Photo Credit: Tremayne Cherrington
The most popular sport in the world with billions of followers is something every child dreams of doing when they are growing up. Commonly known as football, or soccer in America has been the most fascinating topic of the past month because of the extraordinary transfers taking place. From Lionel Messi leaving Barcelona after 17 years to Jack Grealish becoming England’s most expensive player ($139 million), to Cristiano Ronaldo re-joining Manchester United after 12 years away, football has been ridiculous this year. However, for all these transfers that occurred, each of these players had rags to riches story. Messi from a poverty-stricken community in Argentina, Grealish who up to 4 seasons ago was playing in England’s fourth tier of football, and Ronaldo who was shunned by his teachers for wanting to play and lost his father at an early age. Everyone loves an underdog, but in my home country of Jamaica, rags to riches are something you rarely see.
Sure you all know of Usain Bolt, Shelly-Ann Fraser-Pryce, and even Tajay Gayle but in this country, the sports ministry is biased towards the sport of Track and Field. When you compare the high school athletics championships have the whole country plus sections of the United States watching (estimated 3-5 million) while for a game of football at that level, only a fraction of that is watching the game. The way the game is perceived in the country is worst than amateur level as players are either unfit, lack desire or just outright are not good enough
Speaking with a couple of aspiring players hindered by the pandemic of Covid-19, there are requirements to competing at age groups that are difficult to maintain. Goalkeeper Oshane Walton, 19, is someone that I saw from a personal standpoint, arguably the best old-fashioned ‘keeper I have seen in High School said that trying to make the team at the U-19 level was the hardest because of the merit used to qualify. When competing for a U-19 level in High School, on the playing side talent and determination win, however on the academic side, you slip and you’re off. Sure the schools are teaching you balance but when training has you going home 3-5 hours later than normal, not having time to properly study for exams, or get enough sleep if you do which results in sleeping in class.
Photo Credit: Oshane Walton
I know what you’re thinking, “just play for a club and develop properly,” well dumbass don’t you think that was tried by many? No matter how good the excuse is all the same; they are too young. Fun Fact, if Mason Greenwood was brought up in Jamaica no one would know of him to this day because of their ageist behavior. Walton was asked about what could be done about this for schools and professional level; he stated “the federation could reach out to the clubs and FIFA to get more scouts, not just from Scandinavian nations but from the “big boys” in Europe to notice the talent in smaller countries even once per year to then give chances, not necessarily contracts, to those who they deem ready.” Tremayne Cherrington, a former schoolboy player for St. Georges College, is also in accordance with Walton’s statement. “Programs!” Cherrington said. “Coaches can create a professionalized business page for the players to be seen by overseas scouts.” One example of these could be the page on Twitter that helps youths across the world “@FTalentScout” a similar page could be implemented for the youths of this country.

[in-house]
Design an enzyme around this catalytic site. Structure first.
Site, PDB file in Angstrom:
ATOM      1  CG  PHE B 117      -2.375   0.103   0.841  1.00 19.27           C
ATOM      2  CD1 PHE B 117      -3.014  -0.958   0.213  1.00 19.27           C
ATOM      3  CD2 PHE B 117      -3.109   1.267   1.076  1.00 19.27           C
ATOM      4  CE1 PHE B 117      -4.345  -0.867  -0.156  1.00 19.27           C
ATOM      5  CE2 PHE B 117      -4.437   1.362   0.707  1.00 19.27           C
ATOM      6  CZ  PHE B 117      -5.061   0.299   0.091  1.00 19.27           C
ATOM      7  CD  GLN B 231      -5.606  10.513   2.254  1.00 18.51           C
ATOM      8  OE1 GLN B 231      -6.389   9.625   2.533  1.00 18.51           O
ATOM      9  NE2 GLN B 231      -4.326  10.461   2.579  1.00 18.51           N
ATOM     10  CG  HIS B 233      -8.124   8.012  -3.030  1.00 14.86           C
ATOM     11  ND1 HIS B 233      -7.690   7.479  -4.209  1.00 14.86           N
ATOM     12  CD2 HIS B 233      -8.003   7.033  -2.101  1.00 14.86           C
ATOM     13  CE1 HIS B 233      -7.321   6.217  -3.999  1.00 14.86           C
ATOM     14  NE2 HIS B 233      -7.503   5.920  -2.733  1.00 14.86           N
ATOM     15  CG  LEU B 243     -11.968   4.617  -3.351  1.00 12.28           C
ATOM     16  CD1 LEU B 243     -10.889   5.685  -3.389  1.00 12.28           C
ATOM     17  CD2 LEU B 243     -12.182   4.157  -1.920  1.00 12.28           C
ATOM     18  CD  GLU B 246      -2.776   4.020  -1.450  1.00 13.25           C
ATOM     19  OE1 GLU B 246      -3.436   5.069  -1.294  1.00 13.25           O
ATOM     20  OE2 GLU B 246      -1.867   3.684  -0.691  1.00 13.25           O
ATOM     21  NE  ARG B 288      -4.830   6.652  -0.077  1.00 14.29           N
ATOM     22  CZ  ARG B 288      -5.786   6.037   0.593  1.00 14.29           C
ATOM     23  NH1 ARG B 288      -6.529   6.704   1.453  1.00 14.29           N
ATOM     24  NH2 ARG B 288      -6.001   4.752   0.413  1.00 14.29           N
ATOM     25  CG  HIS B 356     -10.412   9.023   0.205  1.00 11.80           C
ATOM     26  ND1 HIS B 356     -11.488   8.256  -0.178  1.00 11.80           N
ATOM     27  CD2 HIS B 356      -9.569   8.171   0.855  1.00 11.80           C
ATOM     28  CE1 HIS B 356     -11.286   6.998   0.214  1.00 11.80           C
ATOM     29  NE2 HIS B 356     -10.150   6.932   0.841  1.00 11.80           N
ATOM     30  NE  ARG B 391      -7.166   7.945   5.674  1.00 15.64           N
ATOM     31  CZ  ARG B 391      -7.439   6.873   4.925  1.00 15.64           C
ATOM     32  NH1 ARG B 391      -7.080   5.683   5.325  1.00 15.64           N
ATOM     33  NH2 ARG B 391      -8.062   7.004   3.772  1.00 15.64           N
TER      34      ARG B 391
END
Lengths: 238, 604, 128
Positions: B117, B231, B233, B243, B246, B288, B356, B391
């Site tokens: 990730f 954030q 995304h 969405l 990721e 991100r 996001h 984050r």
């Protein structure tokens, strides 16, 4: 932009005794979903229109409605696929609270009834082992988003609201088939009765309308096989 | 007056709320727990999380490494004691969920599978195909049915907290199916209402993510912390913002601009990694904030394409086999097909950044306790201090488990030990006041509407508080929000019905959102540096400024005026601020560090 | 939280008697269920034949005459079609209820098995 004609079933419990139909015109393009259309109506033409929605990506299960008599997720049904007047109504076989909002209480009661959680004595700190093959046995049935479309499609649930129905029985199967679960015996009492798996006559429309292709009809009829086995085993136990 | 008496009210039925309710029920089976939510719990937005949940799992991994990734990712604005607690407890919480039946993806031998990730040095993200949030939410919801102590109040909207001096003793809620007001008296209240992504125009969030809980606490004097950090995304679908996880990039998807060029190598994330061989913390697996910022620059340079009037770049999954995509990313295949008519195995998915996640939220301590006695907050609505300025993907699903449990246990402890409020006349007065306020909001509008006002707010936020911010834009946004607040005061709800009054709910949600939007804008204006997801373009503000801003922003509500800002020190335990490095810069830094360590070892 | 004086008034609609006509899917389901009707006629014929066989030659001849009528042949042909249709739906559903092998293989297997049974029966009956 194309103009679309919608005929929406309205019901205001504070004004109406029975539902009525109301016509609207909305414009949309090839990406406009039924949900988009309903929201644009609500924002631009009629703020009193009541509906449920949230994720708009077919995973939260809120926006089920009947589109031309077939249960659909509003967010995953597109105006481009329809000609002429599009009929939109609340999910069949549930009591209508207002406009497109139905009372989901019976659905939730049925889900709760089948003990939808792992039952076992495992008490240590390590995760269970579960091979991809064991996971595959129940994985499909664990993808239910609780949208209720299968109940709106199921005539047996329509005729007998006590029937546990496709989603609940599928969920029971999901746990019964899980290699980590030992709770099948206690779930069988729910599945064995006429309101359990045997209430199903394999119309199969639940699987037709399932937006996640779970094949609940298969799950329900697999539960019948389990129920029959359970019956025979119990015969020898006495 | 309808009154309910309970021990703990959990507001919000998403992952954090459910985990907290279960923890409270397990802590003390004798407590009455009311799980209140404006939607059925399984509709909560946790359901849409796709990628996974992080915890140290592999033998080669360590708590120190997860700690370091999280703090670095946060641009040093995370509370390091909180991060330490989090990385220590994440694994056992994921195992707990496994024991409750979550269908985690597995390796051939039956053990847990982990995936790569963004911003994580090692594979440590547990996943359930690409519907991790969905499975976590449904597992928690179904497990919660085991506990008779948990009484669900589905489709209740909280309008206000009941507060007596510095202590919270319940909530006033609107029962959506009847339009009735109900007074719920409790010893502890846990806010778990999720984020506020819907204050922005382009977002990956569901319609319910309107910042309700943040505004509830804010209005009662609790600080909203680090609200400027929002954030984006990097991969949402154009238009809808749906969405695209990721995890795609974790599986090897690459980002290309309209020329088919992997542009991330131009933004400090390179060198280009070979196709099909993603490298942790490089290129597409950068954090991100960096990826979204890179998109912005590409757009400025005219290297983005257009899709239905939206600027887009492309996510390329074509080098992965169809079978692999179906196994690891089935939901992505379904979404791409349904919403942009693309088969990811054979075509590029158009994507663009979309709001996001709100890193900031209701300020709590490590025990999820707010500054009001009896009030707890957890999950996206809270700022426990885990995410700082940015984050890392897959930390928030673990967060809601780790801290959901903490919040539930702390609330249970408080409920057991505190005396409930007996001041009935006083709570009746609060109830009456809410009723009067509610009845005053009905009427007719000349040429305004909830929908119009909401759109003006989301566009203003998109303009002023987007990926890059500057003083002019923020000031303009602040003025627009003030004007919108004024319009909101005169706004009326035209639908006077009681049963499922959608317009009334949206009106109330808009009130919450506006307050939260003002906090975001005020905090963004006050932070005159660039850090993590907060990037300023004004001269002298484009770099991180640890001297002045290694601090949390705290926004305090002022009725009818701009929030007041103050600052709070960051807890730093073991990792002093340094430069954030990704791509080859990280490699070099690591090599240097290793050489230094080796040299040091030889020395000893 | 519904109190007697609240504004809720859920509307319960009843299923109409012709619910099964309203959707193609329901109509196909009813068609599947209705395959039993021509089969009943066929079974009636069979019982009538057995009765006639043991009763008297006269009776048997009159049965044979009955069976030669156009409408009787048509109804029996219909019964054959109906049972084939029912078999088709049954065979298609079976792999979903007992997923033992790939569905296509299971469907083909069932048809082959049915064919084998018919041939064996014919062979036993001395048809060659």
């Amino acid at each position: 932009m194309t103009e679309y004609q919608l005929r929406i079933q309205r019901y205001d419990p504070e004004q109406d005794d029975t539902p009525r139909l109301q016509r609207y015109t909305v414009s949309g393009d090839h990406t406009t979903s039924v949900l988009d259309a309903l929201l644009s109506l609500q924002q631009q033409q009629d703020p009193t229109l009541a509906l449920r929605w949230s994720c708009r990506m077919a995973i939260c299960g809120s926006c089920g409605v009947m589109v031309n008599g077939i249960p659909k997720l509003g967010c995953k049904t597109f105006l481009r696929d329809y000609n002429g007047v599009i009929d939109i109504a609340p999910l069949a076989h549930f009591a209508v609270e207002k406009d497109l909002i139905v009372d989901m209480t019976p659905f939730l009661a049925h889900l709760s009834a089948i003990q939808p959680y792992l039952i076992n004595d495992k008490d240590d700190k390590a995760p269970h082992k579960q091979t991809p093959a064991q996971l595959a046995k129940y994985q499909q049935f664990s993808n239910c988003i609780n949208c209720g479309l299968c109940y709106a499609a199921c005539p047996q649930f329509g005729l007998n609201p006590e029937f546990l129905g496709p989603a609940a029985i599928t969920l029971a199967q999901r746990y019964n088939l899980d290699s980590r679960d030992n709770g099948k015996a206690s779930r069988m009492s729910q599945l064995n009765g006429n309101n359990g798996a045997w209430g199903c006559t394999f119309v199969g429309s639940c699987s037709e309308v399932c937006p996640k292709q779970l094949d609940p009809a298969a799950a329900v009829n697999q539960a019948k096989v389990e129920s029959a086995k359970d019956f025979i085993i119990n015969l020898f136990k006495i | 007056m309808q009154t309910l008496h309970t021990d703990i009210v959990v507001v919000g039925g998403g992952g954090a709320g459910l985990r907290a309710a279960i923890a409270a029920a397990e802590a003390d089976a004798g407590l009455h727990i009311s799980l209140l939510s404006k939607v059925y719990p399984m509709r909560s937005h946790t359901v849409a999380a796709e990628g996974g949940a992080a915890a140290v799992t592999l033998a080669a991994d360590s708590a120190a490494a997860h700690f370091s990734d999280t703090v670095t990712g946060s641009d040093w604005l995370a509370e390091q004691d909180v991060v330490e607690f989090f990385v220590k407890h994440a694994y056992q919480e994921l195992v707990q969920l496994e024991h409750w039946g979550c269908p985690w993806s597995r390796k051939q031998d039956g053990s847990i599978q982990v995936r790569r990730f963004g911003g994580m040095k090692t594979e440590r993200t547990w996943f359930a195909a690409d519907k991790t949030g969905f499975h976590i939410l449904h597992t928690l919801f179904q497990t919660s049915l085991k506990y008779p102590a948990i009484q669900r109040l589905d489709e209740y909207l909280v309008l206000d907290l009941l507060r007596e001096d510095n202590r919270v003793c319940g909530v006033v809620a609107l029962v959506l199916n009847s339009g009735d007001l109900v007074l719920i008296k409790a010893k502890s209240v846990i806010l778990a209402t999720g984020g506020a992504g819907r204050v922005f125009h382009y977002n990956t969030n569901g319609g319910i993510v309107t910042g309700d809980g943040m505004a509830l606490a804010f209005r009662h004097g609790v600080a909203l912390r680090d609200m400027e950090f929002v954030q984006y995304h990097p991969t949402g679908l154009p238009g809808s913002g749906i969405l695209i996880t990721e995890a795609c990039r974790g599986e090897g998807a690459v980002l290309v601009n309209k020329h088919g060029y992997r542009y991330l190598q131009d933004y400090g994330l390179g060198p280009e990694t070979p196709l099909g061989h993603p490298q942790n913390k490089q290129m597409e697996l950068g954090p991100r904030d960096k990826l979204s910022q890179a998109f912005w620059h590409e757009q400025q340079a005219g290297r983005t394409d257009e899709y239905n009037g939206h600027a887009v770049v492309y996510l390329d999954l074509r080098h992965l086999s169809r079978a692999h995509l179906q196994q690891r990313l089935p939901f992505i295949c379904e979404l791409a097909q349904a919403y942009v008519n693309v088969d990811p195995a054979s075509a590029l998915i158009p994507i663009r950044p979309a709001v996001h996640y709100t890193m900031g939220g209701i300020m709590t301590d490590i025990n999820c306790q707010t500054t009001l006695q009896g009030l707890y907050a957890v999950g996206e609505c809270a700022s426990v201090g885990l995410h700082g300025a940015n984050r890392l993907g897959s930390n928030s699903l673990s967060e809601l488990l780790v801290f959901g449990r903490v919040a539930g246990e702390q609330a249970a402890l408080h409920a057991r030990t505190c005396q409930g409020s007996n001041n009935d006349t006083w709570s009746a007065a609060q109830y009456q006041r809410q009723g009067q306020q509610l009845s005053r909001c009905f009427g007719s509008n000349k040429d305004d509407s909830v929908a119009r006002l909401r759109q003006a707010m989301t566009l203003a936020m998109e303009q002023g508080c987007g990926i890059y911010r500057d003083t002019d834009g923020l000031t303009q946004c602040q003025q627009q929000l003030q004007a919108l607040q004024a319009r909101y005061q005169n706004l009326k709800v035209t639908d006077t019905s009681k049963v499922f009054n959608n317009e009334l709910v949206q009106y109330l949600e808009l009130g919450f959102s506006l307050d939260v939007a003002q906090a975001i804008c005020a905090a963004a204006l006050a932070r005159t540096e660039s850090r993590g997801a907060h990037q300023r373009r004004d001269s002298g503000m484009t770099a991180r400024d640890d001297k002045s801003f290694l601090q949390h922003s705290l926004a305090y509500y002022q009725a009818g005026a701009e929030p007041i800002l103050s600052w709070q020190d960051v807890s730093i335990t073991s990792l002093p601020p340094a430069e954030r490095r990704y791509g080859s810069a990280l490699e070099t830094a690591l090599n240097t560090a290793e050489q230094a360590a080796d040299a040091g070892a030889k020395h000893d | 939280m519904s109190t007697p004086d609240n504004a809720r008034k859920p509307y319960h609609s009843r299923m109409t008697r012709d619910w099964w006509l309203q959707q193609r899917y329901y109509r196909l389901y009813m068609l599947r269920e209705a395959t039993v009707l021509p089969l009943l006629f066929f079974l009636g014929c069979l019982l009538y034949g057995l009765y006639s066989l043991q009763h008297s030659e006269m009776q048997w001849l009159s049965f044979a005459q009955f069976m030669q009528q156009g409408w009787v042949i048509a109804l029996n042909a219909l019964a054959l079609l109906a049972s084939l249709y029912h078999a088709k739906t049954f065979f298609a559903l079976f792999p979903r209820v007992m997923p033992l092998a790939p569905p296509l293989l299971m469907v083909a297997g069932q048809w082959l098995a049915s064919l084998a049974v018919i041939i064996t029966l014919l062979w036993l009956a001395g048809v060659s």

In the hypothetical world where these players could venture abroad and live their wildest dreams, contrasting accounts were given of how they would take advantage of those dreams. When speaking to Oshane Walton on Wednesday, he took the more conventional route. “Manchester United or Real Madrid. If I could choose would be United because my Spanish is not good, but if I could be a world-class Goalkeeper at any club it would be one of those two.” Tremayne on the other hand had a different and more surprising answer. “West Ham, Wolverhampton, or even Real Sociedad. That’s because my favorite position (attacking midfielder) is loaded so going to a big club where there are already 3 or 4 other players in that position, going to a mid-level club where there are 2 players for each position would be better for playing time,” said the 19-year-old.